The budget moves away from a model of democratically elected school boards, and accountable community schools to for-profit corporate schools that operate under significantly different rules. If you want to know the basics, for instance, your voucher school's graduation, drop out and expulsion rates, good luck. These schools can, and do, ignore Wisconsin's open records and meeting laws and have fewer reporting requirements.

In a search for more information, U.S. Rep. Mark Pocan asked the U.S. Government Accountability Office (GAO) this year to take a close look at Milwaukee voucher schools and compare a number of outcomes between the voucher schools and local public schools, including academic achievement, accountability, and special education services.

The U.S. Department of Justice has also been looking into Wisconsin's voucher program following numerous complaints that schools were not serving children with disabilities. But the Wisconsin legislature is not waiting, moving ahead with an ALEC "special needs" voucher bill. Plus, U.S. Senator Ron Johnson (R-WI) is now reportedly working to derail the inquiry.

While public school teaches and officials watch the changes with dismay, Walker is being cheered on by his friends at American Federation for Children, ALEC and the Bradley Foundation. "[M]ost importantly, Gov. Scott Walker was re-elected," AFC notes in its 2014 Election Impact Report.

As the head of Wisconsin's education department puts it, "The budget continues to walk away from our constitutional obligations to educate all students in local public schools." But it does "fully fund voucher expansion for private school kids and priorities special interests," said Evers.


Why doesn't this writer tell us how spending more money on the public schools is going to improve them and why huge increases over the past 40 years have not? Does he have any compassion for the generations of kids who are not getting an education?

What huge increases? There was the QEO in place for decades capping increases in salary and benefits at 3.8%. Huge? Laughable. Cost of living was twice that.

Generations of kids without educations? What are you basing that on? 90% of Americans attend public schools. We lead the world in advances in science, technology, medicine, and more. Universities in the United States are turning away record numbers of applicants because there are more bright young people pursuing a college educations than ever before. Our schools are not failing, despite what the media and politicians would have you believe.

It is weird how the same exact dollars that magically educate kids in private schools suddenly become a useless expense when someone wants them used to educate public school kids.

One just closed in Palm Beach County; if failed in the same neighborhood as the public school that it replaced the public school had failed the standardized tests, so did the charter.) Some charters did better, but not in poor neighborhoods, with the same student body as nearby the pubic schools. Education becomes a commodity, with 2 charter schools opening in the same neighborhood, trying to recruit the same students. It's about money, not quality education. The FL legislature addressed this, and it looks as if in future.there will only be one charter allowed in a neighborhood. Meanwhile, parents are trying opt our of to the standardized (FCAT) test. Some have told their kids to break the seal on the exam, then walk out, refusing to take it, and hop into the car with mom. Six Fl counties voted to op out of the testing. It's a failure, I wouldn't recommend it there.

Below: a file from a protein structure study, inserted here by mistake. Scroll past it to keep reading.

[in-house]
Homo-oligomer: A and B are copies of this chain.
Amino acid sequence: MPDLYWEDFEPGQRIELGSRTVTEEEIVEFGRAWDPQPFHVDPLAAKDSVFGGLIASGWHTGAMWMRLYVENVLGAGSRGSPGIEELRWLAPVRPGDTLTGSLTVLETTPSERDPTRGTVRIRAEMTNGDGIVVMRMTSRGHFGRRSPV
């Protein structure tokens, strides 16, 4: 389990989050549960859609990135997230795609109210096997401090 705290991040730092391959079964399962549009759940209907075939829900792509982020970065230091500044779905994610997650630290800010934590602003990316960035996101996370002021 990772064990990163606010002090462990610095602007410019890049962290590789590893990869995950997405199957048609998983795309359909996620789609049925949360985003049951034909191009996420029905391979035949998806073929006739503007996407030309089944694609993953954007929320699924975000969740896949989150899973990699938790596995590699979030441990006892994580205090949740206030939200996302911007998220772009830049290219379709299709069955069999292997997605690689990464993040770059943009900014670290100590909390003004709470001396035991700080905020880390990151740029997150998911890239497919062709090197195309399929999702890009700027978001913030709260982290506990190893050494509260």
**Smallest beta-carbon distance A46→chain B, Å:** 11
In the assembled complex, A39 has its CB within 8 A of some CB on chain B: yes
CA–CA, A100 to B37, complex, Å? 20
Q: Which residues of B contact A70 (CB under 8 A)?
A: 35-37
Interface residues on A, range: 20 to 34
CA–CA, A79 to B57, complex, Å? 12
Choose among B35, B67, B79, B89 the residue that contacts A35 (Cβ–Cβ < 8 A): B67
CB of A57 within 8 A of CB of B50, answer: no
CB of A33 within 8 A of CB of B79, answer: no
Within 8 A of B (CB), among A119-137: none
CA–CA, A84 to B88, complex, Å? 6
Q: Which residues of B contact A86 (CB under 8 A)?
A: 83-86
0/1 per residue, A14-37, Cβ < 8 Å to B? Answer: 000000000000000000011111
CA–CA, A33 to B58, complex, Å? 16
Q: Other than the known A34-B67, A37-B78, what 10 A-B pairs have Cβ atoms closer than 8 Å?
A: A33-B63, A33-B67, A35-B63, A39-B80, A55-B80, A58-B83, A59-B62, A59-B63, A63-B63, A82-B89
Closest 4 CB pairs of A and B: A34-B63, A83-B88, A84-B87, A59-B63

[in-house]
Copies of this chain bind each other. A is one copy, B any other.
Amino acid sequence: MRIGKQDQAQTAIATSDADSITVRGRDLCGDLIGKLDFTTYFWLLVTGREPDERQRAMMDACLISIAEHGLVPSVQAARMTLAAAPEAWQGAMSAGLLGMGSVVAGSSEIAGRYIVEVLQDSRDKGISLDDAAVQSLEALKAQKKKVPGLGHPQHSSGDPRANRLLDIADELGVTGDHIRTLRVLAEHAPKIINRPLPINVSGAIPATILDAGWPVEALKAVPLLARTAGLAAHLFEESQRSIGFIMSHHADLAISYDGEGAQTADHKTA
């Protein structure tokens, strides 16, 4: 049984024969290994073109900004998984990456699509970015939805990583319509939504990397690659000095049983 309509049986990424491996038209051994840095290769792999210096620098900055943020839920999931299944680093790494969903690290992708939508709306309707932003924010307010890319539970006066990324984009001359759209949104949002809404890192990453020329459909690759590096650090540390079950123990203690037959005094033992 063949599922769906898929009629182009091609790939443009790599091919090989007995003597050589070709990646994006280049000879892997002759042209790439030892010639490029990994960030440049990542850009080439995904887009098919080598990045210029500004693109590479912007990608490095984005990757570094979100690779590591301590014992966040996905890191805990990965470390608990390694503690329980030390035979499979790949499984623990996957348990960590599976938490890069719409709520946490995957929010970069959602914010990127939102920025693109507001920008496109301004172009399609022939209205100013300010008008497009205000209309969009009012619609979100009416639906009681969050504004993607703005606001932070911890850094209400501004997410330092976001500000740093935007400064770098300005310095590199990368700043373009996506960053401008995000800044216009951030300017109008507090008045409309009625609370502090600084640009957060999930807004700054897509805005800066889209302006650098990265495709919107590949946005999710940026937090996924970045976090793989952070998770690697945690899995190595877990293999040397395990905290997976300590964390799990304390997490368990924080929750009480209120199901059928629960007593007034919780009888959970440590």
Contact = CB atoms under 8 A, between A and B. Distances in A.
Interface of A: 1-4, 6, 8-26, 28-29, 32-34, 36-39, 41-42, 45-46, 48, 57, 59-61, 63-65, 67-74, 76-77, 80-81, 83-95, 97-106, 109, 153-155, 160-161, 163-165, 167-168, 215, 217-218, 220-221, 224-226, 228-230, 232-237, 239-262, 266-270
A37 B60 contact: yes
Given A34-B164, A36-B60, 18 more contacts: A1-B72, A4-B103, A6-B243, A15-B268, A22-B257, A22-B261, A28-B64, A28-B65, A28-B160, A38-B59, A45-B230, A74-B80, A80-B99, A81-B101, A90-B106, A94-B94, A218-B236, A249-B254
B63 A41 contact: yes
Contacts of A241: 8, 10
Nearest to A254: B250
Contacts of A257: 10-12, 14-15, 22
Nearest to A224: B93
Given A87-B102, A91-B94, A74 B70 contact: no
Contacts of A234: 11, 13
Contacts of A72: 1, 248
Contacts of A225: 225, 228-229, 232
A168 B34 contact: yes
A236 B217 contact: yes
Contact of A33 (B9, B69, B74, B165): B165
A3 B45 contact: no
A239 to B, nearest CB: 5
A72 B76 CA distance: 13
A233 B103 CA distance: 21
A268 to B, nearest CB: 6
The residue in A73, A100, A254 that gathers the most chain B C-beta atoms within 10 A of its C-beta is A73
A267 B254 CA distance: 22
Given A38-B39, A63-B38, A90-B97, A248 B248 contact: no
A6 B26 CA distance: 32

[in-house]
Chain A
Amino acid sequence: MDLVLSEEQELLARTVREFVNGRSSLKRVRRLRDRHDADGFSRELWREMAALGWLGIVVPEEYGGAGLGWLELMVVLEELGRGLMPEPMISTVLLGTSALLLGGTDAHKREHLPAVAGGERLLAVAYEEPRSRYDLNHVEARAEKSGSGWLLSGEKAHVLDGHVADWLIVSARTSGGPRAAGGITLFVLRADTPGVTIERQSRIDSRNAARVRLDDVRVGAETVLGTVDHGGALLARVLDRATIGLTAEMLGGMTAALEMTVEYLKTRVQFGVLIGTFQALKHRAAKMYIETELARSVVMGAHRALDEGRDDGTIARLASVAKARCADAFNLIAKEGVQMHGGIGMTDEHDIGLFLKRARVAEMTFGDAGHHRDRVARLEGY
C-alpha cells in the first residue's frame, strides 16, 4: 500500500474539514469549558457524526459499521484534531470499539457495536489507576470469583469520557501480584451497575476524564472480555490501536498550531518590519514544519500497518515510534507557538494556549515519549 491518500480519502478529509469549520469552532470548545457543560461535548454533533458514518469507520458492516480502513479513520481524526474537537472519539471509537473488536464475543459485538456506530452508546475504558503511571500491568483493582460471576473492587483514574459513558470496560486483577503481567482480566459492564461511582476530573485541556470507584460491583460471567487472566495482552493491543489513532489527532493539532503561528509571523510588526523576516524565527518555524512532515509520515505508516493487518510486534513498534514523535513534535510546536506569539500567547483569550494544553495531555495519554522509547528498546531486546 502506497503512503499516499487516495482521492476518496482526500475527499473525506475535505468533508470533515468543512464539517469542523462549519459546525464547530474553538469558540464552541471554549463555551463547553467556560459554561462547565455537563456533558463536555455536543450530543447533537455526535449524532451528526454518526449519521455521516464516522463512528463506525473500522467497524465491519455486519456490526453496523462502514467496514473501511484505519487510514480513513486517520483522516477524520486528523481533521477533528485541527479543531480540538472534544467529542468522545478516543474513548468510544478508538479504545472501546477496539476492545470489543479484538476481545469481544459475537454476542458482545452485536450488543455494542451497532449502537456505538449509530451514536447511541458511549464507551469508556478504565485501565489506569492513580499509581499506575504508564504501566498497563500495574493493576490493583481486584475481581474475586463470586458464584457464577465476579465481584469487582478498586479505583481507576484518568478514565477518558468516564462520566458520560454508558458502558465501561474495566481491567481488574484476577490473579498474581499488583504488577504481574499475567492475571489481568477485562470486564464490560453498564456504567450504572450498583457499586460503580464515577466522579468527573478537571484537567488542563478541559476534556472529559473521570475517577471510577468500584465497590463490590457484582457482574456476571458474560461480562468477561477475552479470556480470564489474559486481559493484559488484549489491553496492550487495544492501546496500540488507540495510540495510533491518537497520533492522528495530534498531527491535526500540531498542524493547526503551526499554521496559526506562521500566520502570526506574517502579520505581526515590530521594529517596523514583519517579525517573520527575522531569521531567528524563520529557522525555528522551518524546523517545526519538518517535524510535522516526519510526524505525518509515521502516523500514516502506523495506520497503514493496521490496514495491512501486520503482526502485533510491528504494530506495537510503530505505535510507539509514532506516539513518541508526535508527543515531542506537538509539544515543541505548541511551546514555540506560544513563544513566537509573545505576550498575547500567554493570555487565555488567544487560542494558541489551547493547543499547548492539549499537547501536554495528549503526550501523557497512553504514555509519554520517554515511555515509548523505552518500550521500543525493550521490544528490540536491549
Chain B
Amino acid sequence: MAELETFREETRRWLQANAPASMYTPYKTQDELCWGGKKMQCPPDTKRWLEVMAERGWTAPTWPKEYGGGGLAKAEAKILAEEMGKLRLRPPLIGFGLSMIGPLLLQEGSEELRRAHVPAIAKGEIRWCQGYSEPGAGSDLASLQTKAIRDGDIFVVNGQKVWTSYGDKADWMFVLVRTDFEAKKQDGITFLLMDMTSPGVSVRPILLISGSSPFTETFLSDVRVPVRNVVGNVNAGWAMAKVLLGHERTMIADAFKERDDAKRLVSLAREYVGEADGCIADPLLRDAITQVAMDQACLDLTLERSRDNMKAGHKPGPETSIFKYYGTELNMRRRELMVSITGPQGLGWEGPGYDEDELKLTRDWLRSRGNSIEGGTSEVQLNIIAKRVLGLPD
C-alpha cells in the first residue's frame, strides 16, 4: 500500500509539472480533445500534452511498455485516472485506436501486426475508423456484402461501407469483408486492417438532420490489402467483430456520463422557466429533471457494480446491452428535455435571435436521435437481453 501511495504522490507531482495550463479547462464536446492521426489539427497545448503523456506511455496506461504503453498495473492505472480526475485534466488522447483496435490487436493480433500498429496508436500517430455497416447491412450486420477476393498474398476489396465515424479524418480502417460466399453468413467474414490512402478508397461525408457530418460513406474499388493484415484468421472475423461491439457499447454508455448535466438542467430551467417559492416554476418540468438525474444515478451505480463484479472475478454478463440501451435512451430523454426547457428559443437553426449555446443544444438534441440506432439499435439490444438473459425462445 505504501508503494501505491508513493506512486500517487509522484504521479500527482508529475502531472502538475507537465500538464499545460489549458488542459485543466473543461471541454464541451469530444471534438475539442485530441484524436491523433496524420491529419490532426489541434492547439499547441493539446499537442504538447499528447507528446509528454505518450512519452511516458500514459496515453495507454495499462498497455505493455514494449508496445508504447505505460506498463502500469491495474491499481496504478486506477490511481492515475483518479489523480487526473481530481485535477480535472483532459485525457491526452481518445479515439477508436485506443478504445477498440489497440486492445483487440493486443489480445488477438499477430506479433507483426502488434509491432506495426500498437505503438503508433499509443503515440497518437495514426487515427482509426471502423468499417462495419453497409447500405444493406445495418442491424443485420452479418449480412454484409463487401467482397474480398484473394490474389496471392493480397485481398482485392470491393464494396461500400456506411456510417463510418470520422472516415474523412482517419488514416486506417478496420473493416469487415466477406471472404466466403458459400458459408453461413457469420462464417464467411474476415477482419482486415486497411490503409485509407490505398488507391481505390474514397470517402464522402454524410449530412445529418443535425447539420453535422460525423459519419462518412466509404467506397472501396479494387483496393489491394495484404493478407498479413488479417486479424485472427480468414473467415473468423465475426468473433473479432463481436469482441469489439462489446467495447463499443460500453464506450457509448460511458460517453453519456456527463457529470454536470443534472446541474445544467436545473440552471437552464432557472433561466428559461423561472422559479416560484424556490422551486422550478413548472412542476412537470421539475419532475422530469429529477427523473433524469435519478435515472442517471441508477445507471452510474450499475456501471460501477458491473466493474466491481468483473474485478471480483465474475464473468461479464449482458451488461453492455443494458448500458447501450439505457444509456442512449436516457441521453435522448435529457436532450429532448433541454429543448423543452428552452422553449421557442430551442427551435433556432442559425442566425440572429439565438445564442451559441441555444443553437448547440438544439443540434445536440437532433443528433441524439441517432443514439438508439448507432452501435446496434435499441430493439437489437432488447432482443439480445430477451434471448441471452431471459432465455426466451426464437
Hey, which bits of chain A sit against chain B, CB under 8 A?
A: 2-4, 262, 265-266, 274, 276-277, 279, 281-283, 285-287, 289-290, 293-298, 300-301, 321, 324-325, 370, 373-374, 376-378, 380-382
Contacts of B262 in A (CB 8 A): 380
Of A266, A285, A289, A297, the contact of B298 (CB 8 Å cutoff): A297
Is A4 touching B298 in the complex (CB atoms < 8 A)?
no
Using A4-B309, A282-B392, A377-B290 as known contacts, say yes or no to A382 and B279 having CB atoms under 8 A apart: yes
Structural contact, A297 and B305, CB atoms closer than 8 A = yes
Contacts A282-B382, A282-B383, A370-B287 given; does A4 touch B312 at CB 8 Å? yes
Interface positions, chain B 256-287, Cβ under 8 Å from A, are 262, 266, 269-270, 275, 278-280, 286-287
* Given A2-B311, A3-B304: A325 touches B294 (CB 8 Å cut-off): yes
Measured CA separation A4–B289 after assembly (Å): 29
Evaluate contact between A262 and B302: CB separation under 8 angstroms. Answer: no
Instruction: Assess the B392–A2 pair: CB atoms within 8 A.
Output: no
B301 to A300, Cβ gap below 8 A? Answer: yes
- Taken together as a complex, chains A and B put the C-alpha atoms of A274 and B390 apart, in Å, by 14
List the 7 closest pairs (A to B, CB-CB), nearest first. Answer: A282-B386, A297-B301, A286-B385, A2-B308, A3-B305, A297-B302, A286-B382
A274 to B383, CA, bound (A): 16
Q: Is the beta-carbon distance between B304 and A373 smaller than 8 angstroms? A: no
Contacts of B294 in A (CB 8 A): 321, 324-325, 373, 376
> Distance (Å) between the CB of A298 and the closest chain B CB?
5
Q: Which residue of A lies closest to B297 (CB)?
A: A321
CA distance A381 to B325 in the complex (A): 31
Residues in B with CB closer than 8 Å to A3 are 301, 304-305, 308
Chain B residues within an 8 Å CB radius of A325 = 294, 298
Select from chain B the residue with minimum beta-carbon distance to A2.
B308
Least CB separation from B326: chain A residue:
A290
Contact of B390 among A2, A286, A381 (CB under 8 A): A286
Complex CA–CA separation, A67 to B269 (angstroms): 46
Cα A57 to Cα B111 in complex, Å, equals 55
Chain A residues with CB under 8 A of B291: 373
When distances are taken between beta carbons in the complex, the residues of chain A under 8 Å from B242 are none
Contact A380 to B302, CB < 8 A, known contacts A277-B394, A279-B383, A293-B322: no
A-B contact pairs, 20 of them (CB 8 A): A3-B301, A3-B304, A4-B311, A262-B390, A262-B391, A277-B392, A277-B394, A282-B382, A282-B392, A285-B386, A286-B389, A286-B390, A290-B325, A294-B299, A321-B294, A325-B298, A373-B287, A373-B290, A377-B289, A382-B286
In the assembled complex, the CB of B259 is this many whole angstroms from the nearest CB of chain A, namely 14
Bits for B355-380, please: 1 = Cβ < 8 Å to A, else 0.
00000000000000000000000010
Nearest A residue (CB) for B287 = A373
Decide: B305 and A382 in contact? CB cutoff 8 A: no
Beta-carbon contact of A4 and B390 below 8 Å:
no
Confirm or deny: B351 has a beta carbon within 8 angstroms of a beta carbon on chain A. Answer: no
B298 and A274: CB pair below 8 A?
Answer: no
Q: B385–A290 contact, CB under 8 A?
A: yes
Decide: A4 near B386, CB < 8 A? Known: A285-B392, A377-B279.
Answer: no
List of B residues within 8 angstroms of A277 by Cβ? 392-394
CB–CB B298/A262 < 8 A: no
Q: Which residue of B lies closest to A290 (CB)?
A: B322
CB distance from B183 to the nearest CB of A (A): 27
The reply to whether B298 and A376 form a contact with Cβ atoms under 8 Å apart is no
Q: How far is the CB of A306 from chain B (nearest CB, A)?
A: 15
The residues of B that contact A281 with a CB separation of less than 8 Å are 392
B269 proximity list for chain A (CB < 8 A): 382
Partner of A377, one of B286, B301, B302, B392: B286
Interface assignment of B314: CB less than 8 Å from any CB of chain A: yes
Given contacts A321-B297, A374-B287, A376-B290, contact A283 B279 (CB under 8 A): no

It's about time the stranglehold unions have had on the American education system has been loosened. For decades the unions have demanded more and more money "for the children". As education funding skyrocketed the results of American students plummeted compared to the rest of the world. Apparently all the money "for the children" went directly to obscene pensions, salaries and benefits of teachers. Teachers retire in their 50's while the average taxpayer works until 67+. Teachers receive $100,000+ pensions guaranteed for life while the average taxpayer has no guarantee of a decent retirement. Teachers pay nothing for their healthcare while the average taxpayer struggles to pay thousands of dollars every year for health coverage. It's about time vouchers brought some competition to the education monopoly. Teachers have had it too easy for too many years. Next we need to move all teachers to 401K plans, make them pay for their own healthcare, limit their salaries to the rate of inflation, eliminate guaranteed STEP raises, eliminate collective bargaining, eliminate tenure and expand the school year. Another words...have them go to work like every other American taxpayer. Taxpayers, parents and students have had it with unions buying the politicians and school boards they "negotiate" with. Our property taxes climb each year and we have nothing to show for it. Forget the 1%, public union members are the true privileged class in America.

Harold: Spend a month as a teacher and then spout off....you believe just what the anti union Repubs tell you too....why b so hateful to people educating children....ick

If teachers have it so easy, why don't you become a teacher? If public unions are so profitable, why don't you join one? If you want the benefits that union members have, why don't you organize for them? Teachers sacrificed pay raises and accepted low pay in return for earned benefits, like good healthcare and a pension. When was the last time you said to someone, "You're a teacher? You must be rich!" I guarantee you nobody said that to me when I decided to become a teacher. Instead, I was asked, "Are you sure? The pay isn't very good!" And in fact, socio-economic status is still the single most important indicator of success in our public schools. Students in well-funded schools score among the top students in the world. Our problem is that our schools are not equitably funded, and too many of our children live in poverty. Countries like Finland that score at the top of the PISA tests make sure that schools in lower income areas or with challenges like high numbers of recent immigrants get extra funding to overcome those challenges. Do we do that in the USA?